Scotland’s crucial peatland restoration strategy is flagging behind as an SNP minister admitted a lack of skilled workers and non-existent funding deal has “undermined contractor confidence to invest”.

Peatland restoration is important to make habitats resilient to climate risks as well as to sequester carbon s part of legal targets to meet net zero.

Further degradation of peatlands under a warmer climate could lead to Scotland experiencing higher carbon emissions and losing more vital ecosystems, with damaging impacts for biodiversity and the capacity to adapt to climate change further.

More than three quarters of Scotland’s peatlands are degraded, significantly contributing to land use emissions.

The Scottish Government has set a target to restore 250,000 hectares of degraded peatland by 2030, but is failing to meet these aims.

Data from NatureScot shows that only 43,000 hectares of peatland have been restored so far, with the Scottish Government way off track in hitting its 2030 target.

Around 20,000 hectares of peatland needs to be restored every year for the target to remain on track.

But in 2022-23, only 7,502 hectares were restored, 5,637 hectares were restored in 2021-22 and 5,658 hectares in 2020-21.

In its latest assessment of the Scottish Government’s strategy for cutting emissions, the independent statutory adviser, the Climate Change Committee (CCC) issued a stark warning that ambition to restore peatlands is “low” and progress is “significantly off track”.

The CCC said that “Scotland’s targets for peatland restoration are not ambitious enough and are not being met .

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“Scotland has consistently missed its peatland restoration targets, and while 2021 saw a significant increase to 8,000 hectares restored, this was still far from the 20,000-hectare target, which is in turn significantly less ambitious than our recommendation of 45,000 hectares annually by 2022.”

Now, SNP Environment Minister Gillian Martin has admitted that barriers such as a lack of skilled workers and a £250 million funding package taking until 2020 to be rolled out.

The minister has stressed that “significant efforts are underway to address these issues”.

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She said: “The Scottish Government has identified, working with our Peatland Action delivery partners, multiple barriers that are preventing it from achieving its peatland restoration targets.

“These include a lack of skilled project designers, technical advisers and agents to support landowners and managers through restoration projects, operating restrictions during bird breeding seasons and inclement weather, the absence until 2020 of a multi-year funding package which undermined contractor confidence to invest and a lack of private sector investment at sufficient scale in peatland restoration projects.”

Ms Martin added: “Significant efforts are underway to address these issues, including substantial work to develop and expand the number of skilled and experienced contractors, developing provisions whereby operations can be carried out safely during bird breeding seasons etc.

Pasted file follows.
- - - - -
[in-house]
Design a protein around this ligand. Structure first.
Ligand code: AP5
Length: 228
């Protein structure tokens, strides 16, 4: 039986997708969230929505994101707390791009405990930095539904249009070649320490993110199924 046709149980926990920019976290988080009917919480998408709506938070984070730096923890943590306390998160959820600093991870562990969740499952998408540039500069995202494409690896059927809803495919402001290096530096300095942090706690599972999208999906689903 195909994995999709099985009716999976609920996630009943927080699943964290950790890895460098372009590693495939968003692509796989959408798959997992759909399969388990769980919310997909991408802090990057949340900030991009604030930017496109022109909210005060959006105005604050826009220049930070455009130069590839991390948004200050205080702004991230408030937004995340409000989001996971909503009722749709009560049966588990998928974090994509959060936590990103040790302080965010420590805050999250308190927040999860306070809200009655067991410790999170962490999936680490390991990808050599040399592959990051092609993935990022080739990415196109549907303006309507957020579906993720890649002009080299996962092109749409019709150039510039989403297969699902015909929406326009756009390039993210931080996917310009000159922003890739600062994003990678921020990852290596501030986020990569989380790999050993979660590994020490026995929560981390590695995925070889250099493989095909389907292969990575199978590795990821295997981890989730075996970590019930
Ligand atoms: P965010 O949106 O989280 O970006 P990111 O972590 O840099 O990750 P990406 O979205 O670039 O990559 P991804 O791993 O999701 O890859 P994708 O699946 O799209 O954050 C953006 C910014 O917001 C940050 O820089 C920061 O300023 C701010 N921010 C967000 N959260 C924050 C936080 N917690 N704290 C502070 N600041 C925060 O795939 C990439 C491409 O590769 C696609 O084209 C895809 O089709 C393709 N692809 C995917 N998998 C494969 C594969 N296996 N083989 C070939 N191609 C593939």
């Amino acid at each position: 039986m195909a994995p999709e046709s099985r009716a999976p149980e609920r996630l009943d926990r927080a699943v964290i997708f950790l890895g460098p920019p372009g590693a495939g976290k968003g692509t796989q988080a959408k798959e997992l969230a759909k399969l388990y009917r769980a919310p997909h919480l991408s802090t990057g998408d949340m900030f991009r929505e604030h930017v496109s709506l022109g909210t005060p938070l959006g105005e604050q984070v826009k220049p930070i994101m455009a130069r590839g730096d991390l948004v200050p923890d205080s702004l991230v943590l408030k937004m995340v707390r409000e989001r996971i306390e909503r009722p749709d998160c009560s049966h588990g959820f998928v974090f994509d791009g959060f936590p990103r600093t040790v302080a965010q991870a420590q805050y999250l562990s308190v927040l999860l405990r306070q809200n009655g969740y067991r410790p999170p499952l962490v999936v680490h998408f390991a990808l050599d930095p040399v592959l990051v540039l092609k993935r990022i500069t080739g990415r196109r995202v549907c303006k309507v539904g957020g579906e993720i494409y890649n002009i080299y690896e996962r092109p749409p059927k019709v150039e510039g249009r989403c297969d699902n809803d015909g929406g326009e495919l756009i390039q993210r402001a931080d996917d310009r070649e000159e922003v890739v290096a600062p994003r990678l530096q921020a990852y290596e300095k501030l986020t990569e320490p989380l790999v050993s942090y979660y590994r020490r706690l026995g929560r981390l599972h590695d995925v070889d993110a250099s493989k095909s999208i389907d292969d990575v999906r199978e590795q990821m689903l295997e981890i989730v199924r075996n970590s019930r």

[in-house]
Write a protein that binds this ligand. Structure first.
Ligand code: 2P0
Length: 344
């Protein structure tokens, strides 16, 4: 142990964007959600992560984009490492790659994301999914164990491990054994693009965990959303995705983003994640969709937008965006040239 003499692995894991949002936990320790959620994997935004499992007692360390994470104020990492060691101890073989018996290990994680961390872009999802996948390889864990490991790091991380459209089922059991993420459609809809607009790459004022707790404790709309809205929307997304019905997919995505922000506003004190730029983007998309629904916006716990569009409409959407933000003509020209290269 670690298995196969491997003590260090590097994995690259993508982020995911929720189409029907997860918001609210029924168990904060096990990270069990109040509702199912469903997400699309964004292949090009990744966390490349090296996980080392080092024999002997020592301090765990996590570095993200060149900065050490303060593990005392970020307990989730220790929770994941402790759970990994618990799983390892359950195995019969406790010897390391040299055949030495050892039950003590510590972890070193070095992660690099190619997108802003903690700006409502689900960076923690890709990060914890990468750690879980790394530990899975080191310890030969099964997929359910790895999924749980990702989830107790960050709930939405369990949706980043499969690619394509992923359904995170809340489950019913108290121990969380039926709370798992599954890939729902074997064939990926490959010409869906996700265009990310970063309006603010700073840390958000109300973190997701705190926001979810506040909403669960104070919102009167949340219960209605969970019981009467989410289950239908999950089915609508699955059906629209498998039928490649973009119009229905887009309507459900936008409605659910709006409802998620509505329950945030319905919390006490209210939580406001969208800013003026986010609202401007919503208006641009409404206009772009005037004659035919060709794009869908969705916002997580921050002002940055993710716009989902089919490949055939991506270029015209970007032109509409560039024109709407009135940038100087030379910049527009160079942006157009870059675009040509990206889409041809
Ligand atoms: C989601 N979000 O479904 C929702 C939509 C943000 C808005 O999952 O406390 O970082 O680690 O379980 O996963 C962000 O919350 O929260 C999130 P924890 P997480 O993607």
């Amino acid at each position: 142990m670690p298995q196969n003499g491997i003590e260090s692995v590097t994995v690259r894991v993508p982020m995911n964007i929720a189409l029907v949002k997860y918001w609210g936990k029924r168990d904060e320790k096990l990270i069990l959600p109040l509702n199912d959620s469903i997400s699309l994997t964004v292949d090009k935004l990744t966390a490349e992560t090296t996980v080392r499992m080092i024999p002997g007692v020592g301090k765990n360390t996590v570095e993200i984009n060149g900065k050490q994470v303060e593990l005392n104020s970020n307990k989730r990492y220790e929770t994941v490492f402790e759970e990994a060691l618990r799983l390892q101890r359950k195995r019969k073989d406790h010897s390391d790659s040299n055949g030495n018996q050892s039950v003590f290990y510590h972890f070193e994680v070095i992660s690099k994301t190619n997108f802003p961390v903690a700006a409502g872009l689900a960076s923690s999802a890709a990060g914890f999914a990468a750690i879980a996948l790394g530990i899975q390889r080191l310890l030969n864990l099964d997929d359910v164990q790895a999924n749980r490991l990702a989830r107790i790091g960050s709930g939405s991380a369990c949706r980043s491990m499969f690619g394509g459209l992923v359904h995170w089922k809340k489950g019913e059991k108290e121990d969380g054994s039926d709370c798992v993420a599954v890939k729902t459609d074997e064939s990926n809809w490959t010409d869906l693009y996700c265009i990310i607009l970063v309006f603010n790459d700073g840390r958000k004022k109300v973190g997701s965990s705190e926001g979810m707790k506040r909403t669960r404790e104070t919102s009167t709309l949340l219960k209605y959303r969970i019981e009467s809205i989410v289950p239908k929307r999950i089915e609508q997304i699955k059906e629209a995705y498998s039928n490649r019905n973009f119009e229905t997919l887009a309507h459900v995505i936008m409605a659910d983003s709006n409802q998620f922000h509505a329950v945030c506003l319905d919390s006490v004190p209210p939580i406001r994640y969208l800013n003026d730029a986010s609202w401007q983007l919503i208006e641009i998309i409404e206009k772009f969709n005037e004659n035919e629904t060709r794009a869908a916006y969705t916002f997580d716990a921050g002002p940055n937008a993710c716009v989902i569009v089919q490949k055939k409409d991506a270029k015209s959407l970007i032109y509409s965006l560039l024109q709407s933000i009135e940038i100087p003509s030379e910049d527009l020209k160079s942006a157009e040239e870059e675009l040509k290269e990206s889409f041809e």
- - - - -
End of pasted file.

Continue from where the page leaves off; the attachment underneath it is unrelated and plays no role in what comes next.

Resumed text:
“Furthermore, the continued growth of Peatland Action since 2020 has increased confidence in multi-year funding. This has allowed the wider industry to focus on developing the supporting infrastructure for peatland restoration, particularly with regards to training and developing applicable skills.”

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Public-sector funding has scaled up since 2020 after nothing was invested in 2019-20 for peatland restoration. Figures show that £238,000 was invested in 2020-21, £268,000 in 2021-22 and £1.7 million in 2022-23.

Scottish Conservative MSP Maurice Golden said: “The restoration of peatland across Scotland is a vital environmental objective.

“But like so many green targets set by the Scottish Government, it appears to be in real difficulty and seems likely to be missed.”

The Herald: Conservative MSP Maurice GoldenConservative MSP Maurice Golden (Image: PA)

He added: “That said, ministers have acknowledged the problem and have at least been transparent in identifying what the main challenges are.

“I hope that bodes well for this particular project, and that all relevant agencies can work together in turning this performance around and getting things back on track.”

As of November, the total number of full time equivalent staff employed in the public sector within the Peatland Action programme to undertake restoration work was 99 – with 56 from NatureScot, 23 from Forestry and Land Scotland, eight from the Cairngorms National Park Authority, five from the Loch Lomond and Trossachs National Park Authority, four from the Scottish Government and three from Scottish Water.

Ms Martin said: “We are maintaining our record world-leading investment for peatland restoration - with £26.9 million in 2024-25 to help achieve our restoration targets.

“However we know that rising costs are a challenge. That’s why we will be working to find further efficiencies in peatland restoration, and encourage more responsible private investment to keep up the momentum created by our ambitious policy commitment.”